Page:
Thanks to the spiritual gifts, church services don’t have to become “boring,” repetitive exercises, even if the same “format” is used week after week. If we understand that the Spirit desires to work through us and we come to church expecting this to happen, it will, and a congregation will see the Spirit “shining forth” from its members. When that happens, regardless of what gifts are being manifested, members will exclaim just as Paul said, “God is really among you!”

2. Are spiritual gifts for today?

This is a very common question in non-pentecostal churches. The short answer is, Why not? Those who teach they are not for today have to prove why spiritual gifts are not for today. Among the arguments they cite are:

The gifts stopped at the end of the apostolic age.

Whenever somebody says this, they are really showing their ignorance. The New Testament clearly indicates the exact opposite is true, that:

God’s gifts and his call are irrevocable. (Romans 11:29)

Just like the calling to salvation, the spiritual gifts God gave the church do not come with an expiration date! He gave them to the church initially on the Day of Pentecost two millennia ago and they are still with the Church today.

Now, it is true that Paul told the Corinthians this:

Love never fails. But where there are prophecies, they will cease; where there are tongues, they will be stilled; where there is knowledge, it will pass away. (1 Corinthians 13:8)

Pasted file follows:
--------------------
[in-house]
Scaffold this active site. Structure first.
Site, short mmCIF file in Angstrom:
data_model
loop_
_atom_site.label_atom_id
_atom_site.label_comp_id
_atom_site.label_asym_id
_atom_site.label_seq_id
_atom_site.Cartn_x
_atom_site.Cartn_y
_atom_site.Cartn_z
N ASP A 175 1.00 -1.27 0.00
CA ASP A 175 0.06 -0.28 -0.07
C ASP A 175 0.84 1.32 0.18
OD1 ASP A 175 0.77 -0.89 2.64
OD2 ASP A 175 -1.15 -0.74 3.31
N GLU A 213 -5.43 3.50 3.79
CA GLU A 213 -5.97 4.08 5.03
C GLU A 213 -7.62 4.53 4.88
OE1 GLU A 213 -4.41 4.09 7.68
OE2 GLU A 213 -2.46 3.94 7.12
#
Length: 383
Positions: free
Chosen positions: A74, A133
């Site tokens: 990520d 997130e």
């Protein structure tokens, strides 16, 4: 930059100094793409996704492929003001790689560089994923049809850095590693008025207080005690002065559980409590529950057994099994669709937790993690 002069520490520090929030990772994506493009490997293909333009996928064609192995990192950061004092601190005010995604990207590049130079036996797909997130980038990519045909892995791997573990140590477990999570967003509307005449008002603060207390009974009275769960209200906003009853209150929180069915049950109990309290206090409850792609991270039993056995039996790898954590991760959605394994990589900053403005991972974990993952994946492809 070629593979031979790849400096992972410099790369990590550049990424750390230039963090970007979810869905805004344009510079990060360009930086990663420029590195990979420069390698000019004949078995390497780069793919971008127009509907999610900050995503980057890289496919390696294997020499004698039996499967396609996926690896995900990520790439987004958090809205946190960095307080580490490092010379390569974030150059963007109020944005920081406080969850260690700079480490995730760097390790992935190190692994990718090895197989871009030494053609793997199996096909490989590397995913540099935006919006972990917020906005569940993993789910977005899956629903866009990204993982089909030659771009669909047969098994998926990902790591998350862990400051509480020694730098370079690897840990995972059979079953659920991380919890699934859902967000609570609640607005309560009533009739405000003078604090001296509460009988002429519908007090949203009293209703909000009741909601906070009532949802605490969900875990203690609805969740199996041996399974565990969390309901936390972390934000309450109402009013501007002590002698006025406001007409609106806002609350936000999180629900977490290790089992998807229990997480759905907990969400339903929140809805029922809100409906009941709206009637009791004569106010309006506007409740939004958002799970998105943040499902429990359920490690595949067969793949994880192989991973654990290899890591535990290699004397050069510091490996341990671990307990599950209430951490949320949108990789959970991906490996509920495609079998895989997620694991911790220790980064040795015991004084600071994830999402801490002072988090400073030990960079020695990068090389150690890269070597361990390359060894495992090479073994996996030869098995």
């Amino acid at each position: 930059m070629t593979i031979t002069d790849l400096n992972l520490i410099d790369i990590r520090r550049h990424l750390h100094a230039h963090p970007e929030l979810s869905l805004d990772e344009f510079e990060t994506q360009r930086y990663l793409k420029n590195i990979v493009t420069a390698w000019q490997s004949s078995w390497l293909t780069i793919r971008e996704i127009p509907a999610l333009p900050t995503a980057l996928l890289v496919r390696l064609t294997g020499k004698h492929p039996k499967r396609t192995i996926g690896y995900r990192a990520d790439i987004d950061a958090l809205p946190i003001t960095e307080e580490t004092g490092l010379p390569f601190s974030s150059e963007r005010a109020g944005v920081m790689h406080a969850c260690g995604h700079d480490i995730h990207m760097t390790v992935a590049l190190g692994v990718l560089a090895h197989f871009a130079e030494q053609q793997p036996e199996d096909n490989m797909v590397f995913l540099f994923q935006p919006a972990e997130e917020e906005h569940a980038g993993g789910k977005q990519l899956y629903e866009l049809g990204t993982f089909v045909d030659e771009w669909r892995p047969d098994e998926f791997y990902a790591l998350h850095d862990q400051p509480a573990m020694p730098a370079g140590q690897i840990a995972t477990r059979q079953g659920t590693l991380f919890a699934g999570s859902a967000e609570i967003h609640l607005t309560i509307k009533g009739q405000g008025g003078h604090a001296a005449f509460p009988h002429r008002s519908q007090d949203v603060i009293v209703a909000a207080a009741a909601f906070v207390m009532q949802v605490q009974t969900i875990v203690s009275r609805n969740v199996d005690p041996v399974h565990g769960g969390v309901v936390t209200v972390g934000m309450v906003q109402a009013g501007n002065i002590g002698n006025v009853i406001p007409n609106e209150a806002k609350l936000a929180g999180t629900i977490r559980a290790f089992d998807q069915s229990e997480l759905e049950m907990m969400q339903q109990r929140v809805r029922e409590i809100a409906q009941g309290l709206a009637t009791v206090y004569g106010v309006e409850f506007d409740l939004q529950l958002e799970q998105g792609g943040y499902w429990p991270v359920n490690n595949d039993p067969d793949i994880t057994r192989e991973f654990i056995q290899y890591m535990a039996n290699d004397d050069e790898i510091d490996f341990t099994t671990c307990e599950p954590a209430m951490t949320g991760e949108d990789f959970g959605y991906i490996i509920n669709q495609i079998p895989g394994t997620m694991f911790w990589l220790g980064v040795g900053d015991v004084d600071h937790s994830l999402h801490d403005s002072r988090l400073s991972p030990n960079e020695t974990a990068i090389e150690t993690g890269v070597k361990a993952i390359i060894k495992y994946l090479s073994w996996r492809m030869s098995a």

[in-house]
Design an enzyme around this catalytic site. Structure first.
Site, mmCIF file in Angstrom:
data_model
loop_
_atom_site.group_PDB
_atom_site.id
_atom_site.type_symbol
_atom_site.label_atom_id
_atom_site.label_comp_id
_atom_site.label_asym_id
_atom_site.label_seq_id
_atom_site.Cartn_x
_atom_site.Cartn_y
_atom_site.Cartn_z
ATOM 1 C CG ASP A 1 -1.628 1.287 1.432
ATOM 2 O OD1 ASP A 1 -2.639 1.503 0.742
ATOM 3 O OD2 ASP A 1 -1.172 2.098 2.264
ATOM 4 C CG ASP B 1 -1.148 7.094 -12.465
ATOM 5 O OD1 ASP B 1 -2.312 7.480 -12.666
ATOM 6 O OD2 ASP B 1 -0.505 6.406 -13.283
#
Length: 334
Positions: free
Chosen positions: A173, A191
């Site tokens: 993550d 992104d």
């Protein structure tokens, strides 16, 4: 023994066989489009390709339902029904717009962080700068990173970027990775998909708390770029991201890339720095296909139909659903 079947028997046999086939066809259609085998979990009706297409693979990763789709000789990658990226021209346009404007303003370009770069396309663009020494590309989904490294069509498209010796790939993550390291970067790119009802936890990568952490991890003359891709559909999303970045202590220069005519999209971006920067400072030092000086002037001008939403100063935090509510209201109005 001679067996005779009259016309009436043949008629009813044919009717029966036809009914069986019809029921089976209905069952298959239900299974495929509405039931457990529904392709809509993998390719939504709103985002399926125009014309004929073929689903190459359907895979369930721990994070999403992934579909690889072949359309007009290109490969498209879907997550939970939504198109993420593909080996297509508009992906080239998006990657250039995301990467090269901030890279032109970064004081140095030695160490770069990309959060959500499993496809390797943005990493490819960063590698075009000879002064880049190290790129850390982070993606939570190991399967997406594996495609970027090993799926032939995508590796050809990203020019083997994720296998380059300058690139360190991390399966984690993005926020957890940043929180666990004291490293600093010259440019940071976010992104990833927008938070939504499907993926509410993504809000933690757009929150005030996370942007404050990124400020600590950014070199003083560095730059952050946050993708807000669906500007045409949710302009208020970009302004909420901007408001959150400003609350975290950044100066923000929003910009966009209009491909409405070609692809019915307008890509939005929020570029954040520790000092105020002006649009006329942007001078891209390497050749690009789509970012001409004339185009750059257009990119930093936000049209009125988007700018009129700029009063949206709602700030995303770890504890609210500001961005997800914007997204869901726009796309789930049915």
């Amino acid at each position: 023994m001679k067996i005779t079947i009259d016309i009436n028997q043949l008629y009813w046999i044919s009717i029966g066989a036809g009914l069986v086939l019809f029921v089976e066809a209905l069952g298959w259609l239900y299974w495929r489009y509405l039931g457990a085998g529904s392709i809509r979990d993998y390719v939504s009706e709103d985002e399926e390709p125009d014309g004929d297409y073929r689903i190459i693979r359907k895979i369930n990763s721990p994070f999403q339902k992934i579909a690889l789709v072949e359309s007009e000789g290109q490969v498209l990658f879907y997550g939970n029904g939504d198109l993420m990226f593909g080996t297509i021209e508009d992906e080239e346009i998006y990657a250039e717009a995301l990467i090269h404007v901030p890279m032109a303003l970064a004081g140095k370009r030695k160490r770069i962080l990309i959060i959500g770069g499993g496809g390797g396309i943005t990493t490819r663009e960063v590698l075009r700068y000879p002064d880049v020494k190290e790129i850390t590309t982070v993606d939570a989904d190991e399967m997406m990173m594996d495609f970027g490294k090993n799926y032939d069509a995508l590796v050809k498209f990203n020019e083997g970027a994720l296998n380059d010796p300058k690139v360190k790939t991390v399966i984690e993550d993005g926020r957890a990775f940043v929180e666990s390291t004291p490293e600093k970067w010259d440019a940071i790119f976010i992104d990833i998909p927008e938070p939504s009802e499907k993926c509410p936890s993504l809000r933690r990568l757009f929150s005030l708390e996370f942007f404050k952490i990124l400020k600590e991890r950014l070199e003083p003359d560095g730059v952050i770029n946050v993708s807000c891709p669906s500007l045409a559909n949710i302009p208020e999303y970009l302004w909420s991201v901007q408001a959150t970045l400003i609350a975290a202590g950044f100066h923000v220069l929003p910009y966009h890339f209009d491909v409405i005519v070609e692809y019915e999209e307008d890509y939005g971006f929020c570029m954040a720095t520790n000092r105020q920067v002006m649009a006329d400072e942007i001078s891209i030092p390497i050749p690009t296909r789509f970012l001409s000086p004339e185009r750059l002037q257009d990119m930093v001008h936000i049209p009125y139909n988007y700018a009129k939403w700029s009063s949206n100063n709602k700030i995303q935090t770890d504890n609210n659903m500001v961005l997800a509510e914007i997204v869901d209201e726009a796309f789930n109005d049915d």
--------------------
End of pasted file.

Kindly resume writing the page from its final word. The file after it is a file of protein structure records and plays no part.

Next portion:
But, the key to understanding what Paul said is two verses down the page:

but when perfection comes, the imperfect disappears. (1 Corinthians 13:10)

The spiritual gifts will come to an end, but only when “perfection comes,” or when Jesus Christ returns to the Earth, and that hasn’t happened yet. When He returns, the Spiritual gifts will no longer be necessary because He who gave them in the first place will be here in Person!

It is true that the further on we get into Acts, we do witness an diminution of the gifts. However, this is not necessarily because the Spirit stopped manifesting Himself, but because of another reason cited by no less a scholar as John Wesley:

The cause of this [decline of spiritual gifts] was not, (as has been vulgarly supposed,) `because there was no more occasion for them,’ because all the world was become Christians. This is a miserable mistake; not a twentieth part of it was then nominally Christian. The real cause was, `the love of many,’ almost of all Christians, so called, was `waxed cold.’ The Christians had no more of the Spirit of Christ than the other Heathens.

So, if there seemed to be fewer supernatural manifestations of the Holy Spirit the further away we get from Pentecost, it has nothing to do with God, but everything to do with man.

The fact is, as we study church history, we see that the Gifts have never really stopped altogether. Early Church fathers, like Irenaeus, Tertullian, John Chrysostom, and Augustine write about their observations of the gifts of the Spirit. During the Middle Ages, different groups of Christians—the Waldeneses and the Quakers, for example—all write about their experiences with different spiritual gifts.

We have the complete revelation of God, the Bible, so the gifts are no longer necessary.